________________ CM . . . . Volume VII Number 15 . . . . March 30, 2001

Transit Across Canada Series.

Michel Barbeau (Director). Pierre Lapointe (Producer).
Montreal, PQ: National Film Board of Canada, 2000.

Subject Headings:
Physical geography-Canada-Juvenile films.
Canada-Description and travel-Juvenile films.
Video recordings for the hearing imparied.

Grades 4 and up / Ages 9 and up.
Review by Gail Hamilton.



Life: People, Fauna and Flora.

27 min., VHS, $39.95.
Order Number: C9100 019.

**** /4


Air: Climate.

20 min., VHS, $39.95.
Order Number: C9100 015.

**** /4


Water: Reserves and Networks.

20 min., VHS, $39.95.
Order Number: C9100 016.

**** /4


Fire: Energy.

22 min., VHS, $39.95.
Order Number: C9100 018.

**** /4


Land: Territory and Resources.

25 min., VHS, $39.95.
Order Number: C9100 017.

**** /4

Recommended both for elementary and secondary students, this superb series of five videos, ranging from 20 to 27 minutes in length, focuses on Canada's climate, landforms, energy resources, water reserves and networks, people, flora and fauna. These multi-functional videos can be viewed as stand-alones or as a group, in any sequence. They can serve as an introduction to or a review of a Canada study or as a jumping off point for further research. Spectacular colour videography shows parts of the country and aspects of its primary and secondary resources seldom seen by students. Cartoon-like maps and animation are interspersed throughout the videos, adding visual interest, a touch of humour and a unifying thread to the series. Narration, offering pertinent and interesting information, blends extremely well with the visual component and is easy for elementary students to comprehend. One of the series' many strengths is that no single region of Canada gets star billing. Inside each video case is a summary of the video's main concepts as well as a chart indicating how each volume can be incorporated into specific topics and subject areas in the classroom.

      In Air, viewers learn that Canada has a strange mix of climates - heat, snow, rain, fog and wind--with temperatures ranging from a record 45 degrees C in Saskatchewan to -63 degrees C in the Yukon. Climate influences how Canadians live: their food, clothing, buildings, moods and recreational activities. Other topics covered are Canada's various regional climates, a brief history of climate changes and inventions, such as snowmobiles, designed to overcome the elements. In addition, there are are highlights of the ice storm of January, 1998, which left four million people in eastern Canada without electricity for several weeks, the costliest catastrophe in Canada's history. Unbelievable footage of the devastation caused by floods, ice storms and forest fires will amaze viewers.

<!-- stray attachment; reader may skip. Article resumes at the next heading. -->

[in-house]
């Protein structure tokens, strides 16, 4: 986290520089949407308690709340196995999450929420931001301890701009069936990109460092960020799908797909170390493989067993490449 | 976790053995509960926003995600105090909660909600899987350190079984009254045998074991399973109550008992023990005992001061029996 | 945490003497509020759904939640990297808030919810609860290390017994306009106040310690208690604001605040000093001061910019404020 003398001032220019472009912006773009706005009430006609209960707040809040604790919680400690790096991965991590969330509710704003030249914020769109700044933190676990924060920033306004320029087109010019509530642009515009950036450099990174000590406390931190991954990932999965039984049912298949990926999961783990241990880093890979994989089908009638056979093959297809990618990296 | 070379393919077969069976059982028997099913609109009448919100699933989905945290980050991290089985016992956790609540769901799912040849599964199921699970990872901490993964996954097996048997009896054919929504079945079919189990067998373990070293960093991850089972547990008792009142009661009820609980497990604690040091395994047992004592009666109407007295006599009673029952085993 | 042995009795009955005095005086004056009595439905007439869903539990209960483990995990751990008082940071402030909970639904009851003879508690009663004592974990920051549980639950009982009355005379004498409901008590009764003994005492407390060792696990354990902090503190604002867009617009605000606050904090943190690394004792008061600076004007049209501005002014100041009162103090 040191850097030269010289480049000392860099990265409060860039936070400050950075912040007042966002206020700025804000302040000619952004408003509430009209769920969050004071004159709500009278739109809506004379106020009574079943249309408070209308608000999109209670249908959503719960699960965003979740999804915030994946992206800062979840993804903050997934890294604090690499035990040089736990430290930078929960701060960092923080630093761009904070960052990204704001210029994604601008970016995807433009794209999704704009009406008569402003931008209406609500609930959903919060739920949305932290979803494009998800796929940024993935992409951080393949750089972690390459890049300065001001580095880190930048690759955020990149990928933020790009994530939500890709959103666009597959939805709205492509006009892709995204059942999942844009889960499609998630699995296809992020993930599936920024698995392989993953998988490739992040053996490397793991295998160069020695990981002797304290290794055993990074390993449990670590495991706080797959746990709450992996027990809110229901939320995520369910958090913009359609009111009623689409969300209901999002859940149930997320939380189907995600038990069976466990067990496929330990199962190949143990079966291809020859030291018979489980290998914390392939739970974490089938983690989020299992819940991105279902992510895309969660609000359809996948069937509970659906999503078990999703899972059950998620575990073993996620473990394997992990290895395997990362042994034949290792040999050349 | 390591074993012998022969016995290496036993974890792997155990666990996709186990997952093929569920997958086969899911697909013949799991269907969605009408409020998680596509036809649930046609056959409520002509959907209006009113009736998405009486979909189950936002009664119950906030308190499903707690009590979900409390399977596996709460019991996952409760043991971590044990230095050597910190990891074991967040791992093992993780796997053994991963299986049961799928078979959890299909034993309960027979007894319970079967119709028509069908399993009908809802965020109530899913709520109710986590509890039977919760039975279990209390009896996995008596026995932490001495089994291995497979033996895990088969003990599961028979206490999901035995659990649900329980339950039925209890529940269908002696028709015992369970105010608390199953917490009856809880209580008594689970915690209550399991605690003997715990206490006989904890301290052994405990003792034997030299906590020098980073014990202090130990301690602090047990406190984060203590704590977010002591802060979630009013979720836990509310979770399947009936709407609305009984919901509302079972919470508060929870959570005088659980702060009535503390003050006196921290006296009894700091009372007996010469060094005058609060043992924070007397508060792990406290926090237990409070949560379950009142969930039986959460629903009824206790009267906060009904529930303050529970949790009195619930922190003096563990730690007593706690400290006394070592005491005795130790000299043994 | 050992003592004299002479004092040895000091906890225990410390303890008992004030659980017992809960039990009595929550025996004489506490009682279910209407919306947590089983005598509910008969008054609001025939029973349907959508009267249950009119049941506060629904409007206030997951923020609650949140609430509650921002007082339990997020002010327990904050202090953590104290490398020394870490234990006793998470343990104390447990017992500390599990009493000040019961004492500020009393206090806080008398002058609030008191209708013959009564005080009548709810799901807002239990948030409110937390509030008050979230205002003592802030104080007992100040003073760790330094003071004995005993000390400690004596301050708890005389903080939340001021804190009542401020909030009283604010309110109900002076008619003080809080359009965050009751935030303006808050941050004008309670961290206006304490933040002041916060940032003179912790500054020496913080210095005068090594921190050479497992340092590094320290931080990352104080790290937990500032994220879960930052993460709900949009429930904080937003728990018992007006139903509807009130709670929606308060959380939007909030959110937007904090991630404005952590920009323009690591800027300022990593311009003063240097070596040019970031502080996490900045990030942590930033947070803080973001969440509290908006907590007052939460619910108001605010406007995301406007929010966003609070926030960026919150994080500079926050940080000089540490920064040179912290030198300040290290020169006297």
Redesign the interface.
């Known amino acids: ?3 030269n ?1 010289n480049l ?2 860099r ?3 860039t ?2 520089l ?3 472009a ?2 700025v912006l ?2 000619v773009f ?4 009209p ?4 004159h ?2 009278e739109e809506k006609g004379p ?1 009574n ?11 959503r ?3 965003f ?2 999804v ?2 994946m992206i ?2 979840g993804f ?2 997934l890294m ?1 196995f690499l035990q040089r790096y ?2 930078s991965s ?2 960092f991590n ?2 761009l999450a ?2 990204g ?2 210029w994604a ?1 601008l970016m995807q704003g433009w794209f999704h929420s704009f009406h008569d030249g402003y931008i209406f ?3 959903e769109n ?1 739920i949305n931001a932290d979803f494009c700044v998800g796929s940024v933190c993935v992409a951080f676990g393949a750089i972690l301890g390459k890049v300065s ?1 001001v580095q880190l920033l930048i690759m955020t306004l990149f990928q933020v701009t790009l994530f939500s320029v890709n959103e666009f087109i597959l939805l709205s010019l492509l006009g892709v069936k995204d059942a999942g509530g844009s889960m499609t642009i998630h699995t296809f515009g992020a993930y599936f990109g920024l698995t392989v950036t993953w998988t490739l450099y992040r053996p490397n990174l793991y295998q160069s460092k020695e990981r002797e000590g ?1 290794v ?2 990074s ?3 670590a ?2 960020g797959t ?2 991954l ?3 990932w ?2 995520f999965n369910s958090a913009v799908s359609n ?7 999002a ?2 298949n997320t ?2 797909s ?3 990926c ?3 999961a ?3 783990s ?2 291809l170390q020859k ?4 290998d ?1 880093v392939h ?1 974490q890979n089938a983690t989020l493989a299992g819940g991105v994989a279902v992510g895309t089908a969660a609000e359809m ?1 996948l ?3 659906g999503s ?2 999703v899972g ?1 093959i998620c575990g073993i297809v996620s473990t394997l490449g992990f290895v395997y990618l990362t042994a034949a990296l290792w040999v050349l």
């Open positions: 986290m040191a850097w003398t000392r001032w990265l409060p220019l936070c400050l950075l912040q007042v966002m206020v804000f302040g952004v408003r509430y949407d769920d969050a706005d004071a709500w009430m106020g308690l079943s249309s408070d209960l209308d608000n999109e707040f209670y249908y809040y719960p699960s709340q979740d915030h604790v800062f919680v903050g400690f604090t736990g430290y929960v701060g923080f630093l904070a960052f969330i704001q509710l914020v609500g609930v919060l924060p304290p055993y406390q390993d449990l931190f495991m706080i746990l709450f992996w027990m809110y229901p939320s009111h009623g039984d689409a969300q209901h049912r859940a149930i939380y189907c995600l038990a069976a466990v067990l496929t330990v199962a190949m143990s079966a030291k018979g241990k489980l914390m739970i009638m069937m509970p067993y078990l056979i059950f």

The premise of Fire is that energy is everywhere, but it must be converted to usable power. Without getting too technical, the narrator gives basic descriptions of several conversion processes used today. Electricity can be produced by solar power, uranium and water, or by burning coal. Following black-and-white archival footage of early forms of energy, the video highlights fossil fuels, petroleum and natural gas, with 80% of it being found in Alberta and providing 75% of Canada's energy. The latter part of the video offers a brief glimpse into possible energy sources of the future.

      Canada's vast land area can be divided into six very different regions: the Cordillera, the central plains, the Canadian Shield, the Great Lakes-St. Lawrence River region, the Atlantic region and the Arctic. In Land, viewers can compare and contrast the landforms and the primary industries in each. The video takes a look at modern-day mining in which a miner sitting in his office can operate underground machinery by remote control. Alberta's Badlands, with their unique hoodoos, the Niagara Escarpment's white cedar forests, the prairies' wheat, sunflower and canola crops and P.E.I.'s potato farming are also featured.

      When it comes to water, Canada is a country of superlatives: it has the longest coastline, the highest tides (Bay of Fundy) and the largest volume of fresh water (Great Lakes) in the world, and more lakes than all other countries combined. And, for trivia buffs, the largest skating rink in the world is the Rideau Canal, equal in length to 125 hockey rinks laid end to end. Water- Reserves and Networks focuses on water in its many forms, including glaciers, icebergs and waterfalls. One of the many concepts in this volume is that water is life, its availability governing land use (e.g. farming and the production of electricity) and affecting the development of towns and cities along former fur trade routes.

      Life-People, Fauna and Flora highlights Canadian settlement, from the first nomadic hunters who migrated from northern Asia to the Vikings and European explorers. Different waves of immigration throughout Canada's brief history resulted in the cultural diversity which makes the country unique. Transportation and communication have also evolved. The flora and fauna portions of the video feature the Sitka spruce and the species of insects which live on the tree as well as how animals have adapted to life in Canada. A timeline, maps and animated sketches add interest.

      The combination of fabulous footage and fascinating narrative makes this series a "must-have." An excellent addition to any library collection!

Highly Recommended.

Gail Hamilton is a teacher-librarian at Bird's Hill School in East St. Paul, MB.

To comment on this title or this review, send mail to cm@umanitoba.ca.

Copyright © the Manitoba Library Association. Reproduction for personal use is permitted only if this copyright notice is maintained. Any other reproduction is prohibited without permission.

Published by
The Manitoba Library Association
ISSN 1201-9364